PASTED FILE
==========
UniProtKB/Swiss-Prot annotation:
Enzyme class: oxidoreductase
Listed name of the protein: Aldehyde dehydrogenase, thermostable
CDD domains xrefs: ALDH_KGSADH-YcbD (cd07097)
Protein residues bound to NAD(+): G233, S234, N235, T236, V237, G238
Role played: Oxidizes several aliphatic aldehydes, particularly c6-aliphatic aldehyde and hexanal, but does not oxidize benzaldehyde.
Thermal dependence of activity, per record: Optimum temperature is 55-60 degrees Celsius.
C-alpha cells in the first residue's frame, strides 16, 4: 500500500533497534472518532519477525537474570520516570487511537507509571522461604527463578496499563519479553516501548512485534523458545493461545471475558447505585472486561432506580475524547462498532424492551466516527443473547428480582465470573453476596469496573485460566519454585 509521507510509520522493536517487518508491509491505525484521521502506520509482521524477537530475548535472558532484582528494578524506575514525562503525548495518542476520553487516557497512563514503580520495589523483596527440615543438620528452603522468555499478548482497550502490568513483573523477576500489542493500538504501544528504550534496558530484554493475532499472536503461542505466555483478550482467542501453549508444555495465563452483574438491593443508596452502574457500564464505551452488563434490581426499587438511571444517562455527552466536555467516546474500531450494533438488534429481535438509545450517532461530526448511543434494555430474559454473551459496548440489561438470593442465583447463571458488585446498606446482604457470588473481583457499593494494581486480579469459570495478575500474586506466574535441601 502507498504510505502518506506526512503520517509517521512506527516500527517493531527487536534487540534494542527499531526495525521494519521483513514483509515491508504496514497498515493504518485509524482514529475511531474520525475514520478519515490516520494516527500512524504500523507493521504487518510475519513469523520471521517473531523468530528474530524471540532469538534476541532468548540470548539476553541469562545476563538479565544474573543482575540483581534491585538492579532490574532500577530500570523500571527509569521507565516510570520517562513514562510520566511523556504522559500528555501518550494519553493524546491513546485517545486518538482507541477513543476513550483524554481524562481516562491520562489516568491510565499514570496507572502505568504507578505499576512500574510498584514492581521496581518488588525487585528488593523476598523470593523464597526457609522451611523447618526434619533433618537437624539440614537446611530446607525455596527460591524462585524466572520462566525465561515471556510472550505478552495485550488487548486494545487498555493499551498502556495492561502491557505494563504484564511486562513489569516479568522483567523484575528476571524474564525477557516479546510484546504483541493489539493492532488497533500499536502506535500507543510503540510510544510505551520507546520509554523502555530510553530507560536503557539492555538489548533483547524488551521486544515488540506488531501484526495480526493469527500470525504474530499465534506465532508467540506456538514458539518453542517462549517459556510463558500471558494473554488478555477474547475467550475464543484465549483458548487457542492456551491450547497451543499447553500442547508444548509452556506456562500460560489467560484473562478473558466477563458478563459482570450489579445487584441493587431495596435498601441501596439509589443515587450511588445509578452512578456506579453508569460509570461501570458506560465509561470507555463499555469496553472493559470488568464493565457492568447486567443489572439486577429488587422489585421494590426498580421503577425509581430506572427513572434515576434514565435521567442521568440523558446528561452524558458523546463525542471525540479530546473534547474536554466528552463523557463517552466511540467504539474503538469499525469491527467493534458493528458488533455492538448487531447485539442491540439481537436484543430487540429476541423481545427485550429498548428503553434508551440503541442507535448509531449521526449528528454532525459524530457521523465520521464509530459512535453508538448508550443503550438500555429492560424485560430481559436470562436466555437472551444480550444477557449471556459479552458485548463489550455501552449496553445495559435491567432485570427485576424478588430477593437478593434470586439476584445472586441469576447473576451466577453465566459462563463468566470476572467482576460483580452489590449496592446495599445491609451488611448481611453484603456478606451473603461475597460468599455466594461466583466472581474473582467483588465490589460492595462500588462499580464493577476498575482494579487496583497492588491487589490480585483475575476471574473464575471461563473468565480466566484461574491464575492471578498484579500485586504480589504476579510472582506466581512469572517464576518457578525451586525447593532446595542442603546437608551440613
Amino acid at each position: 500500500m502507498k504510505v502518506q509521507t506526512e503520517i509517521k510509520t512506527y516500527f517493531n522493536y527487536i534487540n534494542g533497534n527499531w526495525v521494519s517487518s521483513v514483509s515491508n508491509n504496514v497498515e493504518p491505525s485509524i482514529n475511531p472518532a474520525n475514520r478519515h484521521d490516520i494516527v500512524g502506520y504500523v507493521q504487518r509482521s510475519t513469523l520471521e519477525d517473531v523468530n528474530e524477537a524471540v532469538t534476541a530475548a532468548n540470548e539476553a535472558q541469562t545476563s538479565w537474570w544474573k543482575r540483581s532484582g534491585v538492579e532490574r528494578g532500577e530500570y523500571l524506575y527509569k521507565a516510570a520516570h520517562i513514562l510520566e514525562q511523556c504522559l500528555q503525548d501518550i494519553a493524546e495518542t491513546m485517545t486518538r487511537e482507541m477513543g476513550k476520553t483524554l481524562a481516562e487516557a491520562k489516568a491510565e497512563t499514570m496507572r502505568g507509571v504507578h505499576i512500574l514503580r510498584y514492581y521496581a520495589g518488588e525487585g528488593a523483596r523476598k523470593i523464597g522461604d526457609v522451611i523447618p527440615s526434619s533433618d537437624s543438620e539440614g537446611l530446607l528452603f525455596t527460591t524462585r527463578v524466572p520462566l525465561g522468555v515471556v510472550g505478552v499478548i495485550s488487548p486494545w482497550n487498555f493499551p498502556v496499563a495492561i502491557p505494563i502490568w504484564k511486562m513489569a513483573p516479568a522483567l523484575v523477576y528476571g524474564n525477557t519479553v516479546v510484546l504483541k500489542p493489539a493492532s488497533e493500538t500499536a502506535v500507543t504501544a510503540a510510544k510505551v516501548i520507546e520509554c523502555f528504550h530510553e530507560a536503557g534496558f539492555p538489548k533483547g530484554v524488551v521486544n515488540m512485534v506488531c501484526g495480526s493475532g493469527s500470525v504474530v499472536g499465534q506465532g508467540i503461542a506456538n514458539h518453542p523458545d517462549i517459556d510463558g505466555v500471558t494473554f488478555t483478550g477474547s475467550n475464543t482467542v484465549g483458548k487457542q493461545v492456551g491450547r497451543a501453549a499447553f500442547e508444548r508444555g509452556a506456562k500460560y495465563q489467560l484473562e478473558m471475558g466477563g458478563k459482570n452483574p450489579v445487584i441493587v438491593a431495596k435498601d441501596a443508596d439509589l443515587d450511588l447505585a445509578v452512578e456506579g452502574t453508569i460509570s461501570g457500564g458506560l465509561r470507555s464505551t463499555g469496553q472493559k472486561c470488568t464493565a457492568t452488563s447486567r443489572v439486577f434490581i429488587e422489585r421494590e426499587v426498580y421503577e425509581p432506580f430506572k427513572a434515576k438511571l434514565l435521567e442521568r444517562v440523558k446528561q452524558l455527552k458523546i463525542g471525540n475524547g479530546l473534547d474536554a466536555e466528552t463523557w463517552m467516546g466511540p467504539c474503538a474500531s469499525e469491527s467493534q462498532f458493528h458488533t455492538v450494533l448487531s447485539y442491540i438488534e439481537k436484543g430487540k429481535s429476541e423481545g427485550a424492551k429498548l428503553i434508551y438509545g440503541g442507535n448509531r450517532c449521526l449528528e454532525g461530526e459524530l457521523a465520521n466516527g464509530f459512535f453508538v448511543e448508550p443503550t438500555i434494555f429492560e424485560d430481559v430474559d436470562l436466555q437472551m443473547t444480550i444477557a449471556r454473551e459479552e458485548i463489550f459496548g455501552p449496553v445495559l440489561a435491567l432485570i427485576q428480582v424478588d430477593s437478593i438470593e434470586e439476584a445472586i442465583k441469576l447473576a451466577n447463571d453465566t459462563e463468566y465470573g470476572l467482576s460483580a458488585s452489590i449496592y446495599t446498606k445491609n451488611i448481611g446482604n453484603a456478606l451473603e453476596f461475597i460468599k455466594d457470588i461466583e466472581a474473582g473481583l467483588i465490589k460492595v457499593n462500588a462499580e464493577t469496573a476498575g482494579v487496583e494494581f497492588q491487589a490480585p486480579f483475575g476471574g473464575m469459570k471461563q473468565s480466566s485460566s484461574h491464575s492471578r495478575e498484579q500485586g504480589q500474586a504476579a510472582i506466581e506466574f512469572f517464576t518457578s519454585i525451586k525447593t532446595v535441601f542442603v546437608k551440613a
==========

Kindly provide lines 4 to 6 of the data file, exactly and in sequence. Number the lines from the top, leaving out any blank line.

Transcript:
CDD domains xrefs: ALDH_KGSADH-YcbD (cd07097)
Protein residues bound to NAD(+): G233, S234, N235, T236, V237, G238
Role played: Oxidizes several aliphatic aldehydes, particularly c6-aliphatic aldehyde and hexanal, but does not oxidize benzaldehyde.